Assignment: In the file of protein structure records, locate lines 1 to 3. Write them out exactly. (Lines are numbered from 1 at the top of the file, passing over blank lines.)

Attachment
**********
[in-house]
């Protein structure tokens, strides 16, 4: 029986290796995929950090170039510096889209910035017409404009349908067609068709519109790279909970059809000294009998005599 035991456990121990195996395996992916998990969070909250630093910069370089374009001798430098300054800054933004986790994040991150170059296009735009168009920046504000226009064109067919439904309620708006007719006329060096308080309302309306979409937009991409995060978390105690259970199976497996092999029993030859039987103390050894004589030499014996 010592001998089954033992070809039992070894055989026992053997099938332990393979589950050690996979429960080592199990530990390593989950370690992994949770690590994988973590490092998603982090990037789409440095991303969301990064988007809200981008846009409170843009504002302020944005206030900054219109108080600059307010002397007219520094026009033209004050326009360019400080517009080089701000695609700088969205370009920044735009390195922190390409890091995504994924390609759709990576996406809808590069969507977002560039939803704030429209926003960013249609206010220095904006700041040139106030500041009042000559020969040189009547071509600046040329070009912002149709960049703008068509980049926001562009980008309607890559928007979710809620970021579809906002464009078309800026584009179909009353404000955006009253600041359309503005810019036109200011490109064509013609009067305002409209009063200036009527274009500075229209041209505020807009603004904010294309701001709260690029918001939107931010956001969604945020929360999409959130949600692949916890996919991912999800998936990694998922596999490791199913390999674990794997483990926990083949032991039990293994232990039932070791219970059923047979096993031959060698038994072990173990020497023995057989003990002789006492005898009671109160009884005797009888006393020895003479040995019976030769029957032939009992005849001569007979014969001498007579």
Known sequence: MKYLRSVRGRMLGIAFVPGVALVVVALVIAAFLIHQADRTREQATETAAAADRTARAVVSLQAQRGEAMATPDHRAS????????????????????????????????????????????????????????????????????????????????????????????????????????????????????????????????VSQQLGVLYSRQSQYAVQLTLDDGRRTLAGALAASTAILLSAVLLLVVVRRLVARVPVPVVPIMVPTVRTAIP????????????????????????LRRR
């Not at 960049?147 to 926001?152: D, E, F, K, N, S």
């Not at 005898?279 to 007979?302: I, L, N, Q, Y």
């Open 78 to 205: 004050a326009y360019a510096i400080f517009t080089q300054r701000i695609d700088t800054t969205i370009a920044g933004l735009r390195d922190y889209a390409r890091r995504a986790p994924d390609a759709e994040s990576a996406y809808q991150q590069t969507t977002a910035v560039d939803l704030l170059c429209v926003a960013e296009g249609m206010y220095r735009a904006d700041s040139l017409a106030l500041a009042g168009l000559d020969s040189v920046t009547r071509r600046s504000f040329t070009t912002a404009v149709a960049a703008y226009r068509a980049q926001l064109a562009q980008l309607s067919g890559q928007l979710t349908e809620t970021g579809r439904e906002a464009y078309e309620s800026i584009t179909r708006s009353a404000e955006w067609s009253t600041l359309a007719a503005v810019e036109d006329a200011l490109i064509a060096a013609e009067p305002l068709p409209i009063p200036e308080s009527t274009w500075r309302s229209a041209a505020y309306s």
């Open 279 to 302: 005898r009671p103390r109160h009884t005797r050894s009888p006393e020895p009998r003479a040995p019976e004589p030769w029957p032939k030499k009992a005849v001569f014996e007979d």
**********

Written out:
[in-house]
């Protein structure tokens, strides 16, 4: 029986290796995929950090170039510096889209910035017409404009349908067609068709519109790279909970059809000294009998005599 035991456990121990195996395996992916998990969070909250630093910069370089374009001798430098300054800054933004986790994040991150170059296009735009168009920046504000226009064109067919439904309620708006007719006329060096308080309302309306979409937009991409995060978390105690259970199976497996092999029993030859039987103390050894004589030499014996 010592001998089954033992070809039992070894055989026992053997099938332990393979589950050690996979429960080592199990530990390593989950370690992994949770690590994988973590490092998603982090990037789409440095991303969301990064988007809200981008846009409170843009504002302020944005206030900054219109108080600059307010002397007219520094026009033209004050326009360019400080517009080089701000695609700088969205370009920044735009390195922190390409890091995504994924390609759709990576996406809808590069969507977002560039939803704030429209926003960013249609206010220095904006700041040139106030500041009042000559020969040189009547071509600046040329070009912002149709960049703008068509980049926001562009980008309607890559928007979710809620970021579809906002464009078309800026584009179909009353404000955006009253600041359309503005810019036109200011490109064509013609009067305002409209009063200036009527274009500075229209041209505020807009603004904010294309701001709260690029918001939107931010956001969604945020929360999409959130949600692949916890996919991912999800998936990694998922596999490791199913390999674990794997483990926990083949032991039990293994232990039932070791219970059923047979096993031959060698038994072990173990020497023995057989003990002789006492005898009671109160009884005797009888006393020895003479040995019976030769029957032939009992005849001569007979014969001498007579």
Known sequence: MKYLRSVRGRMLGIAFVPGVALVVVALVIAAFLIHQADRTREQATETAAAADRTARAVVSLQAQRGEAMATPDHRAS????????????????????????????????????????????????????????????????????????????????????????????????????????????????????????????????VSQQLGVLYSRQSQYAVQLTLDDGRRTLAGALAASTAILLSAVLLLVVVRRLVARVPVPVVPIMVPTVRTAIP????????????????????????LRRR